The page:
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Green Infrastructure

What is Green Infrastructure?

At the landscape level, green infrastructure is an interconnected network of forests, wetlands, waterways, grasslands, and other natural areas that support native species, maintain natural ecological resources and processes, and contribute heavily to human health and quality of life. At the regional scale, green space can help protect water quality and help ensure the availability of drinking water. Green infrastructure can also provide key recreational areas that link people to natural lands and facilitate the use of transportation modes other than automobiles. At the site scale, green infrastructure enhances communities through environmentally‐sensitive site design techniques, urban forestry, and storm water management systems that reduce the environmental impact of urban settlements.

Green Infrastructure Vision

The Green Infrastructure Vision gives “a high priority… to identifying and preserving important but unprotected natural communities, especially those threatened by development, and to protecting areas that can function as large blocks of natural habitat though restoration and management”.  Originally completed in 2004 by the Northeastern Illinois Planning Commission, the Green Infrastructure Vision serves as a visual representation of the Chicago Wilderness Biodiversity Recovery Plan for the Chicago Wilderness region.  NIRPC has adopted the second generation of the Green Infrastructure Vision (GIV 2.1) into the 2015 update of the 2040 Comprehensive Regional Plan.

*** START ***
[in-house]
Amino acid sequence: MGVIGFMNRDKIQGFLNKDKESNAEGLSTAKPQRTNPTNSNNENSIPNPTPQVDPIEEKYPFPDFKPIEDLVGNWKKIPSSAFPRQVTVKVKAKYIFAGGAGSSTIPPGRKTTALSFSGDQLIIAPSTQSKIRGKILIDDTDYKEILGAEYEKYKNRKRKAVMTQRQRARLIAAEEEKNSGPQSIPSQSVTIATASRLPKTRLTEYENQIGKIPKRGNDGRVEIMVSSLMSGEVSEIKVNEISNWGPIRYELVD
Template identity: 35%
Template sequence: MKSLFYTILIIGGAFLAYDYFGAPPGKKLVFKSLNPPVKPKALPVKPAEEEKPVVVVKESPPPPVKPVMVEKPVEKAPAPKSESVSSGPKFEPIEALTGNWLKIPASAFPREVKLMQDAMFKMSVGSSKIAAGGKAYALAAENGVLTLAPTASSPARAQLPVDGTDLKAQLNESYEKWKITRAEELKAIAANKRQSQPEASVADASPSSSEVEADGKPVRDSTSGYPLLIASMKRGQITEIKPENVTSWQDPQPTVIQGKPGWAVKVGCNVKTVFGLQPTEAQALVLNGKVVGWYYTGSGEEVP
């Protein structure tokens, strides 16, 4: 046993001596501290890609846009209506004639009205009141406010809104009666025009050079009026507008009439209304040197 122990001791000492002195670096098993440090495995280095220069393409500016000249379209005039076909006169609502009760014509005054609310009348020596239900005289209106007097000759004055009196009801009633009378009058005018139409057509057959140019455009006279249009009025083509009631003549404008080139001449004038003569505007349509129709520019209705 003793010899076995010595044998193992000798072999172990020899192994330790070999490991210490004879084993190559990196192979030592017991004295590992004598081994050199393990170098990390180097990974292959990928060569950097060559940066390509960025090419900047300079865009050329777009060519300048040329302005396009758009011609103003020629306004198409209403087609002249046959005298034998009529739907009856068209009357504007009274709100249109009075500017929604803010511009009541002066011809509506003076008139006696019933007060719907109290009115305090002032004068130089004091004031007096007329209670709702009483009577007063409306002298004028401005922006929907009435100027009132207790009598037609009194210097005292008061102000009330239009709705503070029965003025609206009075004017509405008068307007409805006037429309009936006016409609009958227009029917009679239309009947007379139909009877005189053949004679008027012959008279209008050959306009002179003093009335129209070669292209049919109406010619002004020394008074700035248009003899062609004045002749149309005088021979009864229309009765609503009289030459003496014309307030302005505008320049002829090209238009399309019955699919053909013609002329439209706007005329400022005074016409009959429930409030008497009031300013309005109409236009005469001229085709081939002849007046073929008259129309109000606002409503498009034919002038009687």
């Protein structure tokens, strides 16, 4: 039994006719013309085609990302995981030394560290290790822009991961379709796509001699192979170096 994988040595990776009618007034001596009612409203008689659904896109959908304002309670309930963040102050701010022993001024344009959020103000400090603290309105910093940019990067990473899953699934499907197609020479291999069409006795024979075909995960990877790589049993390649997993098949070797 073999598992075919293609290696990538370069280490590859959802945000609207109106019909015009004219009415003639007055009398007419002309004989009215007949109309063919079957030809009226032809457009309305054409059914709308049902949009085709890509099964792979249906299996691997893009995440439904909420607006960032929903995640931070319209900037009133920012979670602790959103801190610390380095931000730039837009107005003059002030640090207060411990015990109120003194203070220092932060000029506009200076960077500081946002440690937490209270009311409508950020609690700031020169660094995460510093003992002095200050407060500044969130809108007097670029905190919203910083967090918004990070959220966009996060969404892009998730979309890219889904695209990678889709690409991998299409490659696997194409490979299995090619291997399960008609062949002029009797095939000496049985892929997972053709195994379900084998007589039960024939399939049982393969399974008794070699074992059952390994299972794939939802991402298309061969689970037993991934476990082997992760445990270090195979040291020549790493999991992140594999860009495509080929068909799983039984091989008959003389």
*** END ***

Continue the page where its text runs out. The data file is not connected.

Ecosystem Services

Ecosystem services are the collective benefits provided by nature to humans. Forests, wetlands, prairies, waterbodies, and other natural ecosystems help support our existence.  In 2014, NIRPC commissioned an Ecosystem System Services Valuation Study for Lake, Porter, and LaPorte Counties.  The valuation models looked at six ecosystem services including: water flow regulation/flood control, water purification, groundwater recharge, carbon storage, air purification, and recreation and ecotourism. The estimated economic value of these services totals approximately $8 billion.

  • Water flow regulation/flood control ($4 billion/year)
  • Water purification ($393 million/year)
  • Groundwater recharge ($1.4 billion/year)
  • Carbon storage ($4.3 million/year)
  • Air purification ($319 million/year)
  • Recreation and ecotourism ($1.9 billion/year just for existing public land, including $121 million/year for Indiana Dunes State Park and $168 million/year for Indiana Dunes National Lakeshore)

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